Palekh, the ancient centre of icon painting, is getting Russian Narnia nowadays
Home of the Firebird, lacquer miniatures and an ancient centre of icon painting, in recent years Palekh has sought not only to represent the art of the past, but also to make a name for itself as a local contemporary art community.
When you say the word ‘Palekh’ to any native Russian today, they immediately imagine a small, lacquer trinket box belonging to their grandmother. For it was the trade in lacquered miniatures that blossomed there in 1920s, which made Palekh famous in our day. This did not happen by chance. For three centuries, Palekh had been a great centre of icon painting until, after the Revolution, all religious activities were prohibited by the Soviet government. Local icon painters were forced to adapt and turned to the production of black lacquered caskets made of papier-mache. This type of painting reached a very high level, but it was always seen – as it is still today – as a souvenir.
According to art historian Ludmila Pirogova, this image of Palekh as souvenir art falls far short of the mark, because many of the best works – some of which can be considered masterpieces – are sold directly into private collections and not seen by the public at exhibitions and museums. And there are also a lot of fakes sold on the market. Lack of contemporary subject matter appealing to 21st century tastes is also a challenge. From the beginning, Palekh art was all about folk and fairy-tale themes. Then, in Soviet times, these were replaced by propaganda – so-called agitlak – with parades, construction sites and, of course, space exploration. There is a direct return to pre-Soviet and folklore themes today, even if they have a new lease of life and it seems to preserve this souvenir identity of Palekh boxes. It seems that this artform cannot catch up with the present times. What could be depicted in lacquer miniature painting today?
Nowadays, every tenth inhabitant of the village is an artist. Most belong to dynasties of artisans. Moreover, among them there are contemporary artists who intentionally avoid exposure to life in huge cosmopolitan cities, because they do not wish to lose their uniqueness in the global art process and they want to stay close to their roots. However, it’s important for them to change and redefine what Palekh is. “Palekh – it’s not just an icon or a casket! Palekh – it is a style!” These artists today are trying to develop a new Palekh style. One of the advocates of village life, artist Yar Pikulev is concerned not just about preserving the dying village, but with creating a new type of a rural settlement.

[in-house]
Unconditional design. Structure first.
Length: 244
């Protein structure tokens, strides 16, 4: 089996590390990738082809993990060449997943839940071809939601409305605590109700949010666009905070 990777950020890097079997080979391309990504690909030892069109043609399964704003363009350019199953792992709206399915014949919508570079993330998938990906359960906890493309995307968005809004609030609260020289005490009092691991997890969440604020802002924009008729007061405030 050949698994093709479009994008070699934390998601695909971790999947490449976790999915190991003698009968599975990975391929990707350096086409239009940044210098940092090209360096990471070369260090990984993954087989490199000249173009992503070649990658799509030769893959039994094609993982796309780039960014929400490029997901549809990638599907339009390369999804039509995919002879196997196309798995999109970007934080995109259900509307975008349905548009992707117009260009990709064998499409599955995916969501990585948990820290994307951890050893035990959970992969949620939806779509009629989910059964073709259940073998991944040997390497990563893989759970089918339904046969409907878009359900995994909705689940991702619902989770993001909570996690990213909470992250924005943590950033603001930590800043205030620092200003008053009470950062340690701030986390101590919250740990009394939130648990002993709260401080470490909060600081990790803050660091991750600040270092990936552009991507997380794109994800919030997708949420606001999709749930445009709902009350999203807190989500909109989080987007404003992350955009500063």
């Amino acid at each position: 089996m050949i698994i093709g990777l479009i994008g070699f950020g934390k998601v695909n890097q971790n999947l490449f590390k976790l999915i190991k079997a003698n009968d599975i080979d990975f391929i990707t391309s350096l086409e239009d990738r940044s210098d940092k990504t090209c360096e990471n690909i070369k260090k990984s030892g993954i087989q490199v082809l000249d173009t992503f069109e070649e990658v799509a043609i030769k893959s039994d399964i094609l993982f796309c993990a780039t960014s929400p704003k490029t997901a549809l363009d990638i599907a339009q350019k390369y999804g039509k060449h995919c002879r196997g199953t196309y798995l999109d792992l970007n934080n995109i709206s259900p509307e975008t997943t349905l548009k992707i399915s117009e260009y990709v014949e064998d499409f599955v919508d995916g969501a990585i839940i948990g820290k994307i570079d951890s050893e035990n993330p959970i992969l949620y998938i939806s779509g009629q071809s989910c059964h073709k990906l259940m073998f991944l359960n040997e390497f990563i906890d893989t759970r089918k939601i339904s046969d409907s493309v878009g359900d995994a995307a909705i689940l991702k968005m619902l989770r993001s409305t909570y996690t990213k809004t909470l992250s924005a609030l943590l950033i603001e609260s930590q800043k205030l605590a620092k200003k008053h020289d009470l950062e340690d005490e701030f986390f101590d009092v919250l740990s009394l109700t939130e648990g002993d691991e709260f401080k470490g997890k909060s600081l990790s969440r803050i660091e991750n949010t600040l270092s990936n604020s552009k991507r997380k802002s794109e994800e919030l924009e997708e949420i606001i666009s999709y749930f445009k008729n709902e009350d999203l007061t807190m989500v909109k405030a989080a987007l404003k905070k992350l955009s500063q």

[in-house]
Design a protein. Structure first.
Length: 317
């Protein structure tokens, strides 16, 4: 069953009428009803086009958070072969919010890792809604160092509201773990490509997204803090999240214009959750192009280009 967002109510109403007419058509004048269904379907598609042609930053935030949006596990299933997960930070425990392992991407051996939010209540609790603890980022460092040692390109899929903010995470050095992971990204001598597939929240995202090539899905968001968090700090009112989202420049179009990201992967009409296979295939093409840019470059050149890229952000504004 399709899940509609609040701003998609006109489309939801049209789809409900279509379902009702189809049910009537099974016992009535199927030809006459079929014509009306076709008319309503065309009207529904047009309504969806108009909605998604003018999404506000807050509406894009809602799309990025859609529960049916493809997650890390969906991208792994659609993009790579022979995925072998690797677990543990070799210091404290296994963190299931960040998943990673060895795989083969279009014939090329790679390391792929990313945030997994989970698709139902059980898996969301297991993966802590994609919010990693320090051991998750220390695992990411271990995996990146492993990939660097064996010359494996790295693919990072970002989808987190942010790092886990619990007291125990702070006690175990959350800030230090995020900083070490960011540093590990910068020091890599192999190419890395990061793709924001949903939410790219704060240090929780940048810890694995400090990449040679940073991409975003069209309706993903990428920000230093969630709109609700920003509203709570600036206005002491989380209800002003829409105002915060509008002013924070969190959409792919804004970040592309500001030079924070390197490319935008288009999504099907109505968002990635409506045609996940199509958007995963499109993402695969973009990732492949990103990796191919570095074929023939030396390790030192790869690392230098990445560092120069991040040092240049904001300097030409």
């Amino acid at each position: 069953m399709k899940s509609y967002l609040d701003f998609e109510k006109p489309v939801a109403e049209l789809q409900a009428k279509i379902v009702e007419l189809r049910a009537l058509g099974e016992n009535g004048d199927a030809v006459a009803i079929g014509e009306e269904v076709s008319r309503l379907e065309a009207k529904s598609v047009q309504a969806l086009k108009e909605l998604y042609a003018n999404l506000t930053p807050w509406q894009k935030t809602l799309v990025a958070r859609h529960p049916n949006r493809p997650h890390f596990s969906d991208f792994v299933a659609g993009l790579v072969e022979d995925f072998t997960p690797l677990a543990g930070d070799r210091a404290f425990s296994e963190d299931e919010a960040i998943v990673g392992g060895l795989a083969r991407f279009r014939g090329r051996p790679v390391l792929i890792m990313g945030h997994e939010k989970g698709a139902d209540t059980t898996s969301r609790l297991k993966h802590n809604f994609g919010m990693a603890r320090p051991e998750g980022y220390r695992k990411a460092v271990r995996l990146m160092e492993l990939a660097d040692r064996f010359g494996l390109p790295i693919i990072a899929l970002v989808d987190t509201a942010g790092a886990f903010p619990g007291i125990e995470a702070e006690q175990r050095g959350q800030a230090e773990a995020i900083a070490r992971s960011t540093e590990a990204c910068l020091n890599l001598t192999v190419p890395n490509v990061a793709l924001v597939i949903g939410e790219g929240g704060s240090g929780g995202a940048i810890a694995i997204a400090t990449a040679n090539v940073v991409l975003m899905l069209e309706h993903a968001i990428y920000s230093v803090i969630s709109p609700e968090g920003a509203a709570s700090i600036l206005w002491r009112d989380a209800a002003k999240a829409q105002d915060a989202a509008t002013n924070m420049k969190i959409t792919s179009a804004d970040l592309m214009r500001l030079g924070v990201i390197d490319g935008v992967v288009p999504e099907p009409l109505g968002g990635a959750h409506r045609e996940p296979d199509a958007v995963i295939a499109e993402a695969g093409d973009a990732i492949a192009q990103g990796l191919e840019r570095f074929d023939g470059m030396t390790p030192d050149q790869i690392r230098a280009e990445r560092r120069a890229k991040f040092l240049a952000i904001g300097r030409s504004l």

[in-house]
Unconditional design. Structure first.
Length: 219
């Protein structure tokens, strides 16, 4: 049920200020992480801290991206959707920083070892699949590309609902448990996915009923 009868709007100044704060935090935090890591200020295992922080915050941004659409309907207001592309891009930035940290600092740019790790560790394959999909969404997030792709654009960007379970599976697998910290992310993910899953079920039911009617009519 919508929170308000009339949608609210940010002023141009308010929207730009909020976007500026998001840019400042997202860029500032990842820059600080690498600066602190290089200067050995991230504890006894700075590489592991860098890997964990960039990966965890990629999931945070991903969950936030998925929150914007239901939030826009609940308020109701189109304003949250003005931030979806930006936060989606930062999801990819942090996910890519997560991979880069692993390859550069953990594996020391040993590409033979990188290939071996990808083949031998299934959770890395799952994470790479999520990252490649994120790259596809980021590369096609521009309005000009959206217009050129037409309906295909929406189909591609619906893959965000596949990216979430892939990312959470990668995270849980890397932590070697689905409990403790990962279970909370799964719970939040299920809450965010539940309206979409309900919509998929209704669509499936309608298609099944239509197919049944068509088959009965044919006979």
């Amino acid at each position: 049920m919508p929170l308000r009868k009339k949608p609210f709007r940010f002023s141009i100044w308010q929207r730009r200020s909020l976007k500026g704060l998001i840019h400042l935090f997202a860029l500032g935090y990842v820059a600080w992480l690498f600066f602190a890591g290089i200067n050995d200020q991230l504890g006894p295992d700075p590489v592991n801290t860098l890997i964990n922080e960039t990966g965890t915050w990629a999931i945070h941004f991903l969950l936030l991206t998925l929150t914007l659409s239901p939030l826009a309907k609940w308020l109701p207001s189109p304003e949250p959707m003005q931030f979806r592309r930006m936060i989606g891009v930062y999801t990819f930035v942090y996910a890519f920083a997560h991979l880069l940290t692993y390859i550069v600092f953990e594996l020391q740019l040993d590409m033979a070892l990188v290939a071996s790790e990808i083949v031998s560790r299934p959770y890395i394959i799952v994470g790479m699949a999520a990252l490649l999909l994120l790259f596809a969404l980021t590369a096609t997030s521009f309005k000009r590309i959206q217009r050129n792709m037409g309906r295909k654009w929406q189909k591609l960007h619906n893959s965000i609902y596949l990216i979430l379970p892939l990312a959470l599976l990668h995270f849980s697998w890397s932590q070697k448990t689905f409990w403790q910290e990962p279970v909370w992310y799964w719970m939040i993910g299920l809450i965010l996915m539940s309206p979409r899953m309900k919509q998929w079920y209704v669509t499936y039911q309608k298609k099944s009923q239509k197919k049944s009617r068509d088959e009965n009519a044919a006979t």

Since 2019, a group of artists has been organising an annual festival to show another face of Palekh and attract not only sculptors, designers, artists, and musicians, but also teenagers and millennials to bring a younger more contemporary vibe to the village. They established a practice at the outset to give the festival a new title each year. In 2020 it was called ‘Russian Narnia’ and people felt it was so suited to Palekh in general that people have adopted this title as a kind of informal name.
The most recent festival in Spring 2021 was called ‘Palekh. Resurrection’, a title with a double meaning. On the one hand, organizers are promoting interest in the origins of the ancient style, on the other hand, “resurrected” workshops were opened as a new Art Centre, which has its own artist residence. Currently an exhibition of contemporary artists is on view there.
During this festival, a public talk involving art critics and curators, such as Alisa Prudnikova, Commissioner of the Ural Industrial Biennial of Contemporary Art, Katya Bochavar, Director of Ground Solyanka Gallery, Alisa Savitskaya, Curator of the Museum of Moscow and others, was organized by ‘Visit Ivanovo’. There the novel concept of a Rural Biennale was born and the event is already scheduled for the summer of 2023. This will likely focus not only on Palekh, but also spread its scope to the local towns of Plyos, Kineshma and, possibly, Ivanovo, historically a centre of Soviet Constructivism. According to Marina Galkina, an art activist and a member of group ‘Sozvezdie Redis’, the mission of the biennale is to find new meanings in the phrase “Russian is Beautiful”.